The most efficient approach I have found is to simply rely on memoization. Build a 256-byte array where 48 (or ‘0’) is mapped to 0, 65 (or ‘A’) is mapped to 10 and so forth. As an extra feature, map all disallowed values to -1 so we can detect them. Then just lookup the four values and combine them.

uint32_t hex_to_u32_lookup(const uint8_t *src) {
  uint32_t v1 = digittoval[src[0]];
  uint32_t v2 = digittoval[src[1]];
  uint32_t v3 = digittoval[src[2]];
  uint32_t v4 = digittoval[src[3]];
  return v1 << 12 | v2 << 8 | v3 << 4 | v4;

What else could you do?

You could replace the table lookup with a fancy mathematical function:

uint32_t convertone(uint8_t c) {
  return (c & 0xF) + 9 * (c >> 6);

How do they compare? I implemented both of these and I find that the table lookup approach is more than twice as fast when the function is called frequently. I report the number of instructions and the number of cycles to parse 4-character sequences on a Skylake processor (code compiled with GNU GCC 8).

Instruction count Cycle count
lookup 18 4.3
math 38 9.6

I am still frustrated by the cost of this operation. Using 4 cycles to convert 4 characters to a number feels like too much of an expense.

My source code is available (run it under Linux).

Further reading: Fast hex number string to int by Johnny Lee; Using PEXT to convert from hexadecimal ASCII to number by Mula.

[syndicated profile] ripe_labs_feed
Based on RIPE Atlas measurements, we can illustrate if paths between different networks in a given country stay in that country. We can also provide sketches of interconnections between networks in that country. In this article we look at the situation in Bosnia and Herzegovina.
[syndicated profile] postgres_weekly_feed

#301 — April 17, 2019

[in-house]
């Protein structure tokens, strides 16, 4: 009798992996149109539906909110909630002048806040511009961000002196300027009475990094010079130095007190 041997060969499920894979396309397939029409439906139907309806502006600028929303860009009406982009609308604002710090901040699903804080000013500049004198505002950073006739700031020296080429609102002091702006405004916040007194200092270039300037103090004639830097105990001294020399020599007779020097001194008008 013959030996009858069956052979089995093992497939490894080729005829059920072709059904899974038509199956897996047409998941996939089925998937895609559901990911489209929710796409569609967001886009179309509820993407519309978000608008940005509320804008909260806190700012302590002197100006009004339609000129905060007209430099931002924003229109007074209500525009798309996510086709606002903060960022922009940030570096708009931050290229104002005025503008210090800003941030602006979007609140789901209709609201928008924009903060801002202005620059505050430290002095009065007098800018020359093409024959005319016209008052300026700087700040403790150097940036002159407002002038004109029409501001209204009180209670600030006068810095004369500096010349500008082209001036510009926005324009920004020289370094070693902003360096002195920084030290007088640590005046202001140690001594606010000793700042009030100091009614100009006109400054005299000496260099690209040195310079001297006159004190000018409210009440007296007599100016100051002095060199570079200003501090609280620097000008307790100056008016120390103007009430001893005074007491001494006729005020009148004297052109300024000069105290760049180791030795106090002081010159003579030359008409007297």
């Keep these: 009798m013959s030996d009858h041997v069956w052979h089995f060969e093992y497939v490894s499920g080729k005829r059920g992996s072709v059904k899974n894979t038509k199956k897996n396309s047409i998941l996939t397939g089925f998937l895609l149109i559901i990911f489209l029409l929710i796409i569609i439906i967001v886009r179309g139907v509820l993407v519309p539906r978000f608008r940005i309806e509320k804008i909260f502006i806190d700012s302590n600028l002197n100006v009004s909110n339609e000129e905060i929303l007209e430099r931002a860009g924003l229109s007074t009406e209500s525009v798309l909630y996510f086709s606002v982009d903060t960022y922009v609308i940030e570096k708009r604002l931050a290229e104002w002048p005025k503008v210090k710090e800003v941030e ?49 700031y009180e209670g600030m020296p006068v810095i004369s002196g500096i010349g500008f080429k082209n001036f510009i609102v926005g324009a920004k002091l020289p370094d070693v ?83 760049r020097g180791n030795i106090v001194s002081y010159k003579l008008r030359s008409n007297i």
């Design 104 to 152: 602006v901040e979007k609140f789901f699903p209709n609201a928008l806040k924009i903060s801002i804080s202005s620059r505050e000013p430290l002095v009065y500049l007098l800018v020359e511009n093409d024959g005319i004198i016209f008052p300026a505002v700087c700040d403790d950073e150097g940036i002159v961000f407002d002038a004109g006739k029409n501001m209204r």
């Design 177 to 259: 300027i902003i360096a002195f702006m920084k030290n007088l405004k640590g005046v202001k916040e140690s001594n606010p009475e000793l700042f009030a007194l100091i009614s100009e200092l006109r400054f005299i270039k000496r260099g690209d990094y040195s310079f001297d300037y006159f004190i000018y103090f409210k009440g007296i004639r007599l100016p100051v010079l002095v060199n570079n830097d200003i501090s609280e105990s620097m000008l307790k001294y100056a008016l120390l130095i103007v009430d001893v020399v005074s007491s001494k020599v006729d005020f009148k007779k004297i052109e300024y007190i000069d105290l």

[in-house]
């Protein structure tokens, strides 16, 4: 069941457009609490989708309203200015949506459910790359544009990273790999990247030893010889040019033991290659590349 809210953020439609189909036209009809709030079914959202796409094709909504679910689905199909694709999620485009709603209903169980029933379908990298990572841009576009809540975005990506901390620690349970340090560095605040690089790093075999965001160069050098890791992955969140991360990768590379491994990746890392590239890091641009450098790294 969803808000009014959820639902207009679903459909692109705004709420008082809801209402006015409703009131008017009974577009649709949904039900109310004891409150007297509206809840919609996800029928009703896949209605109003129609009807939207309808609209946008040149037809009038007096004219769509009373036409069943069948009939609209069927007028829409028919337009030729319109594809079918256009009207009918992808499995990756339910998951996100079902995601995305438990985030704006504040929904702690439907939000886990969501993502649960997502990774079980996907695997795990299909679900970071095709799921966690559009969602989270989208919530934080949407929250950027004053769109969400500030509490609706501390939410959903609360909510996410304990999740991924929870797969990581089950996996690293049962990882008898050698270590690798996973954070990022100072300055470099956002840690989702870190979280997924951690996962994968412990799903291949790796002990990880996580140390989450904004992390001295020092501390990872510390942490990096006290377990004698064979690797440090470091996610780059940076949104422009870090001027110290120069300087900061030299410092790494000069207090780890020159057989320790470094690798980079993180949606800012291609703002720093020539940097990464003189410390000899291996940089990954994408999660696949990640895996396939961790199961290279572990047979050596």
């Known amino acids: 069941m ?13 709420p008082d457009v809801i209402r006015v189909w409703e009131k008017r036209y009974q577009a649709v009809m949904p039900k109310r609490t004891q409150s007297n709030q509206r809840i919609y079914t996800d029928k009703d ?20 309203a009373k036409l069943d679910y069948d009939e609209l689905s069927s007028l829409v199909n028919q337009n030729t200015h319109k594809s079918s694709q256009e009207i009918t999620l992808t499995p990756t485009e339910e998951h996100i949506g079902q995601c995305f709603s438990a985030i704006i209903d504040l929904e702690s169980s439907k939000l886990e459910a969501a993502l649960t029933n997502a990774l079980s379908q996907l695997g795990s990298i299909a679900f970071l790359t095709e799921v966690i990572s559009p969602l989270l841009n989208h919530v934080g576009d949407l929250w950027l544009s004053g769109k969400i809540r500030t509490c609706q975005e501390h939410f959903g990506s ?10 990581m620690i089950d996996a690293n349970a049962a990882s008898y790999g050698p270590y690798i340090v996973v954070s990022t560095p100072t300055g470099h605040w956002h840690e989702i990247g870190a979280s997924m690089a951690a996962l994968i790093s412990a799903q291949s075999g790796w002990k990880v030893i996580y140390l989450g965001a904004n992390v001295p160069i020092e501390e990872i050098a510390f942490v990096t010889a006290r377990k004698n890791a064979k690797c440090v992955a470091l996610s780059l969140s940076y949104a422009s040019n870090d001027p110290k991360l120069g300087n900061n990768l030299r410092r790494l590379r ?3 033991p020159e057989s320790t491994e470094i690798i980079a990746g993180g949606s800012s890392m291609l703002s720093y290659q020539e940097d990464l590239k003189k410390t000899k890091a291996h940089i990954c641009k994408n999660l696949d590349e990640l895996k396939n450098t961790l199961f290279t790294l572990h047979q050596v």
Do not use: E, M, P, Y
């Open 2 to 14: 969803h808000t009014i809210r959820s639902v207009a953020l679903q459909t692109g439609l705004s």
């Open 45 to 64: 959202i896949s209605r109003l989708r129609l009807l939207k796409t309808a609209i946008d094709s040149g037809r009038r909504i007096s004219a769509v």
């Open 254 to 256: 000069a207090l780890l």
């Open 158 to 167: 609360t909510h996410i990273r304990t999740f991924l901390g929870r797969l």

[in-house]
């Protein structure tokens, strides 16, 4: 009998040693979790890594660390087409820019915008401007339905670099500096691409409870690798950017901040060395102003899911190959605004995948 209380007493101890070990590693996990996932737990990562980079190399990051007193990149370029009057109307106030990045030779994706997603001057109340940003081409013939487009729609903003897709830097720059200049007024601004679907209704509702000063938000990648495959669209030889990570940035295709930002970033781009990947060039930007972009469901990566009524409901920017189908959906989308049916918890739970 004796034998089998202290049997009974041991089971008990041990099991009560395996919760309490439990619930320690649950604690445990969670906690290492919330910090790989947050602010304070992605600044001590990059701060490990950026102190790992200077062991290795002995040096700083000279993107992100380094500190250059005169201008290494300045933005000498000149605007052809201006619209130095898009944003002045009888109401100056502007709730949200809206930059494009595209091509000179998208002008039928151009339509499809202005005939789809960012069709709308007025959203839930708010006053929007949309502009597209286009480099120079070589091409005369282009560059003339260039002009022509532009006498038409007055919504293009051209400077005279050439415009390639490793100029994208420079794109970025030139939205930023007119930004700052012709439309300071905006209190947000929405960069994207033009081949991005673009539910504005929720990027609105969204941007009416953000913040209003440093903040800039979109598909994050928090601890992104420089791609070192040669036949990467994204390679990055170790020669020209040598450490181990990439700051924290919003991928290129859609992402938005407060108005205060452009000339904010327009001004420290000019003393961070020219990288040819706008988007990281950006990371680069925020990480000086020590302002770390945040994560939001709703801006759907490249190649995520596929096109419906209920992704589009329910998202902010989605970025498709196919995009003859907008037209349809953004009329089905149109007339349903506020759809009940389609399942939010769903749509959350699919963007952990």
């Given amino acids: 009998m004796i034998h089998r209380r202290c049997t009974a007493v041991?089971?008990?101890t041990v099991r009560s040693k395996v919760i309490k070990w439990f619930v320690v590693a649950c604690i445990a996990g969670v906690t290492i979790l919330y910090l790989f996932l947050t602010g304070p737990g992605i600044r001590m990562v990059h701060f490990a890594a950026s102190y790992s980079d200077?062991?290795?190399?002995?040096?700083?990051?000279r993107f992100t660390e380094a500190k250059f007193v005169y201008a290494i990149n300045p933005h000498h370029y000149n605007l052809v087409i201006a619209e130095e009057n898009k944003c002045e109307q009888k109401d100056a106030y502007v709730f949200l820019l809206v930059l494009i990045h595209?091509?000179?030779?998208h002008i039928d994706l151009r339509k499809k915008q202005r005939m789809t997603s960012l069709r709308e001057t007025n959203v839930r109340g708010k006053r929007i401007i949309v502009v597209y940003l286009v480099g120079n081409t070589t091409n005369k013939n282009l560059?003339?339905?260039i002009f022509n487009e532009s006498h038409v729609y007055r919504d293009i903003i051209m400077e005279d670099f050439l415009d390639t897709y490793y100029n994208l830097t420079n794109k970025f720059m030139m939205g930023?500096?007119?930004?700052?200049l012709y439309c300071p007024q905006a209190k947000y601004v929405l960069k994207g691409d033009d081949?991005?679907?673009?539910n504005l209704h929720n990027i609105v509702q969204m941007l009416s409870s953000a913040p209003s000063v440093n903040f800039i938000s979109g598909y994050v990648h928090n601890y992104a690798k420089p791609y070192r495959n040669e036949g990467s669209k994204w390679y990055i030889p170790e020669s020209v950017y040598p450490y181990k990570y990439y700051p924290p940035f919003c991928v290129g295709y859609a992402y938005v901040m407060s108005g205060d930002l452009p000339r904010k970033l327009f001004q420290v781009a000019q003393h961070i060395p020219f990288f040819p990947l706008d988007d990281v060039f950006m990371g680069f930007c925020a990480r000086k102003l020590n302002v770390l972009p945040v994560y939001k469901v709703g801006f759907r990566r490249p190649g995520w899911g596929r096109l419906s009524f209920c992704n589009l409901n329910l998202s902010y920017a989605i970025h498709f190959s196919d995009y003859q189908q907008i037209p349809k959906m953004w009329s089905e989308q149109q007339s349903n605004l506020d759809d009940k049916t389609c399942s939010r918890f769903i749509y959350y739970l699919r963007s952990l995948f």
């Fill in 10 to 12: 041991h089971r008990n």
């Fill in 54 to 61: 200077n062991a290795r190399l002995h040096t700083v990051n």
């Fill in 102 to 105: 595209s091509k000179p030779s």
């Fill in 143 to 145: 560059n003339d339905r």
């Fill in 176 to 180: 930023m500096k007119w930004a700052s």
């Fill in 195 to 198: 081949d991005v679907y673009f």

Read on the Web

Postgres Weekly

Latest Release: 11.2 (2019-02-14)

'Postgres Now Has Pluggable Table Storage' — Well, core does, we’ll need to wait a while to be using this in production, but being able to more easily switch in table storage systems will open up interesting opportunities.

Andres Freund on Twitter

Writing PostgreSQL Extensions in C is Fun — It depends on your definition of fun but it’s not quite as difficult as I’d assumed. This post walks through the basic steps to get started. I also think reading the code of simple, but complete, extensions such as count_distinct is useful if you wish to pursue this.

Ibrar Ahmed

Learn to Secure Your Database — Join the free PostgreSQL webinar: Security and Compliance with PostgreSQL and learn to identify and secure your database breach points. Reserve your spot today.

2ndQuadrant PostgreSQL Webinars sponsor

When Postgres Blocks: 7 Tips for Dealing with Locks — We’re revisiting a classic post that highlighted common mistakes developers face dealing with Postgres locks and what you can do about them.

Marco Slot

Postgres 12 is Optimizing the Storage of Small Tables — One to read if your database model requires that you have a large number of small tables (e.g. a multi-tenant schema). Things will be getting more efficient in Postgres 12.

John Naylor

Swarm64 Supports Xilinx Alveo Accelerator — At the risk of sounding like a pile of buzzwords and trademarks, this is a press release for an FPGA-based database accelerator that supports Postgres.


Fast Upgrading of Legacy Postgres with Minimum Downtime Using pg_upgrade — The latest in a long series of Postgres upgrading posts from Percona. This time pg_upgrade (formerly pg_migrator) is considered.

Avinash Vallarapu